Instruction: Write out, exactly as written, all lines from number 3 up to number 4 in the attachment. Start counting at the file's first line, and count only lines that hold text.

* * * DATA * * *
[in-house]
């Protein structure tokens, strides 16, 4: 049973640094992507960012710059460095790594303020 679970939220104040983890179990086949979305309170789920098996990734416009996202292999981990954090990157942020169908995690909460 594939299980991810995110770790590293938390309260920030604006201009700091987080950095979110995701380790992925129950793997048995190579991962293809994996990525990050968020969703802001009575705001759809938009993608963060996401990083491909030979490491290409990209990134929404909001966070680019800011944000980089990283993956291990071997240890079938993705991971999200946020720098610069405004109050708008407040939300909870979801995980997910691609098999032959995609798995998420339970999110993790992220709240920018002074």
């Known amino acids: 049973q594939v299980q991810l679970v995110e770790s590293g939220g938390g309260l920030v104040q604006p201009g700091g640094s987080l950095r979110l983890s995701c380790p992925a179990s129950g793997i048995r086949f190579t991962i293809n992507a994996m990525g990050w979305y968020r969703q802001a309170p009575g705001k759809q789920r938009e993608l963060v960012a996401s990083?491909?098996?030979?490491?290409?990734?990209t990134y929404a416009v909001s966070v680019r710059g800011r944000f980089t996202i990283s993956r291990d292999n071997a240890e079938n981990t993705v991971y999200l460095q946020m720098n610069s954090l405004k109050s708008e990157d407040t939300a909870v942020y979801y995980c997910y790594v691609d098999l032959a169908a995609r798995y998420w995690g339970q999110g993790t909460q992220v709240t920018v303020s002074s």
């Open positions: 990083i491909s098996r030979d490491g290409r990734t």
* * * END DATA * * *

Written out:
């Known amino acids: 049973q594939v299980q991810l679970v995110e770790s590293g939220g938390g309260l920030v104040q604006p201009g700091g640094s987080l950095r979110l983890s995701c380790p992925a179990s129950g793997i048995r086949f190579t991962i293809n992507a994996m990525g990050w979305y968020r969703q802001a309170p009575g705001k759809q789920r938009e993608l963060v960012a996401s990083?491909?098996?030979?490491?290409?990734?990209t990134y929404a416009v909001s966070v680019r710059g800011r944000f980089t996202i990283s993956r291990d292999n071997a240890e079938n981990t993705v991971y999200l460095q946020m720098n610069s954090l405004k109050s708008e990157d407040t939300a909870v942020y979801y995980c997910y790594v691609d098999l032959a169908a995609r798995y998420w995690g339970q999110g993790t909460q992220v709240t920018v303020s002074s």
């Open positions: 990083i491909s098996r030979d490491g290409r990734t």